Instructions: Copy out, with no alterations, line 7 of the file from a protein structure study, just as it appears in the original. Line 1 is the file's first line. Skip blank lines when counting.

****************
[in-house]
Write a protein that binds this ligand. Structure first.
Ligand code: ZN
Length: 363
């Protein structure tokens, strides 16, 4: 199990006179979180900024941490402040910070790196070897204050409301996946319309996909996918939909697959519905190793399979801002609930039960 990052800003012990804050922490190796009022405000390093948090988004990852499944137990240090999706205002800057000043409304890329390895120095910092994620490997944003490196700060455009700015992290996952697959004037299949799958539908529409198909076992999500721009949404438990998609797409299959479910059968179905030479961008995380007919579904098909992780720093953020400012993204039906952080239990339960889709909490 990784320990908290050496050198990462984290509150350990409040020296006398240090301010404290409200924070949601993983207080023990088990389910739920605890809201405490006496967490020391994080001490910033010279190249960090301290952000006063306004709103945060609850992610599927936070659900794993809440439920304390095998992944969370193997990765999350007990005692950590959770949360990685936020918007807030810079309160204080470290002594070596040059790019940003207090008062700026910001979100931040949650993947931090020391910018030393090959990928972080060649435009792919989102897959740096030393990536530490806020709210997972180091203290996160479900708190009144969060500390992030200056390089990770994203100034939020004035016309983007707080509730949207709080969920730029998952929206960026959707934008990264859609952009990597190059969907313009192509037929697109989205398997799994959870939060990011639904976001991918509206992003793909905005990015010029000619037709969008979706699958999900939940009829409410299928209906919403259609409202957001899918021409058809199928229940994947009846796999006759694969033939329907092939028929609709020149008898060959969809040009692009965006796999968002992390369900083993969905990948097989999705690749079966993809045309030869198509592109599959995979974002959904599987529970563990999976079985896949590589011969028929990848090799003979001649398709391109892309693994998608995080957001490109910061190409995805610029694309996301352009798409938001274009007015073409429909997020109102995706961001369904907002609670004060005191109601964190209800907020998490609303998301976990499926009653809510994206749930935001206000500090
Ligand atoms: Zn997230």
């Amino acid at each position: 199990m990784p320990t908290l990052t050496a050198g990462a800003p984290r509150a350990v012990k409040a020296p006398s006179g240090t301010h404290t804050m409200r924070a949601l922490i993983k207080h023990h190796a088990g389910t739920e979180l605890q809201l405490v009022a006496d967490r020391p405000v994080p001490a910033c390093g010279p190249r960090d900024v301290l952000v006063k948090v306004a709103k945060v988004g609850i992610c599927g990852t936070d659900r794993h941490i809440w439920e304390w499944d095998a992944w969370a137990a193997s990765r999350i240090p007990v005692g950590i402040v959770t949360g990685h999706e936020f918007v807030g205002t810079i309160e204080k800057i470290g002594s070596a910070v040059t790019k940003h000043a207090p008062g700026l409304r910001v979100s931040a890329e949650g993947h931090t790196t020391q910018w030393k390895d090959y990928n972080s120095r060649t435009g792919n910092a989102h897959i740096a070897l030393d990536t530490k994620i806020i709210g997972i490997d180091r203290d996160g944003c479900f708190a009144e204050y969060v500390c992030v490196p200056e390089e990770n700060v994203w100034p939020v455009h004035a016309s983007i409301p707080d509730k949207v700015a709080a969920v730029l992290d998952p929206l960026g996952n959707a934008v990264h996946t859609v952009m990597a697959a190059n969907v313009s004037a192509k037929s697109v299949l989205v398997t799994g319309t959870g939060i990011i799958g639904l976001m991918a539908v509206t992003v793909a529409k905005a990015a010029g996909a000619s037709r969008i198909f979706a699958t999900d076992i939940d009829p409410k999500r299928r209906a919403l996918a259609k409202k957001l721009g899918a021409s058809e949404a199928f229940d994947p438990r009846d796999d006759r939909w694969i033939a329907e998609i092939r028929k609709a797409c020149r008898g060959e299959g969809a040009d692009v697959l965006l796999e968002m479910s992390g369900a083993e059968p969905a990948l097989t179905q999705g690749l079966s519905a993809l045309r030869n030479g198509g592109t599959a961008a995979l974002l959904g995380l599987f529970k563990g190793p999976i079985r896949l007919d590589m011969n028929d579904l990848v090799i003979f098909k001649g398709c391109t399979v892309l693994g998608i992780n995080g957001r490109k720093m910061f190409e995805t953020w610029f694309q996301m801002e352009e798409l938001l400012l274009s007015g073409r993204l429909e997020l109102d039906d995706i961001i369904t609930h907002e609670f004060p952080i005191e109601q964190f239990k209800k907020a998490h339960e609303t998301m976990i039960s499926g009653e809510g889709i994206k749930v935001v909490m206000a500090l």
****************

């Amino acid at each position: 199990m990784p320990t908290l990052t050496a050198g990462a800003p984290r509150a350990v012990k409040a020296p006398s006179g240090t301010h404290t804050m409200r924070a949601l922490i993983k207080h023990h190796a088990g389910t739920e979180l605890q809201l405490v009022a006496d967490r020391p405000v994080p001490a910033c390093g010279p190249r960090d900024v301290l952000v006063k948090v306004a709103k945060v988004g609850i992610c599927g990852t936070d659900r794993h941490i809440w439920e304390w499944d095998a992944w969370a137990a193997s990765r999350i240090p007990v005692g950590i402040v959770t949360g990685h999706e936020f918007v807030g205002t810079i309160e204080k800057i470290g002594s070596a910070v040059t790019k940003h000043a207090p008062g700026l409304r910001v979100s931040a890329e949650g993947h931090t790196t020391q910018w030393k390895d090959y990928n972080s120095r060649t435009g792919n910092a989102h897959i740096a070897l030393d990536t530490k994620i806020i709210g997972i490997d180091r203290d996160g944003c479900f708190a009144e204050y969060v500390c992030v490196p200056e390089e990770n700060v994203w100034p939020v455009h004035a016309s983007i409301p707080d509730k949207v700015a709080a969920v730029l992290d998952p929206l960026g996952n959707a934008v990264h996946t859609v952009m990597a697959a190059n969907v313009s004037a192509k037929s697109v299949l989205v398997t799994g319309t959870g939060i990011i799958g639904l976001m991918a539908v509206t992003v793909a529409k905005a990015a010029g996909a000619s037709r969008i198909f979706a699958t999900d076992i939940d009829p409410k999500r299928r209906a919403l996918a259609k409202k957001l721009g899918a021409s058809e949404a199928f229940d994947p438990r009846d796999d006759r939909w694969i033939a329907e998609i092939r028929k609709a797409c020149r008898g060959e299959g969809a040009d692009v697959l965006l796999e968002m479910s992390g369900a083993e059968p969905a990948l097989t179905q999705g690749l079966s519905a993809l045309r030869n030479g198509g592109t599959a961008a995979l974002l959904g995380l599987f529970k563990g190793p999976i079985r896949l007919d590589m011969n028929d579904l990848v090799i003979f098909k001649g398709c391109t399979v892309l693994g998608i992780n995080g957001r490109k720093m910061f190409e995805t953020w610029f694309q996301m801002e352009e798409l938001l400012l274009s007015g073409r993204l429909e997020l109102d039906d995706i961001i369904t609930h907002e609670f004060p952080i005191e109601q964190f239990k209800k907020a998490h339960e609303t998301m976990i039960s499926g009653e809510g889709i994206k749930v935001v909490m206000a500090l």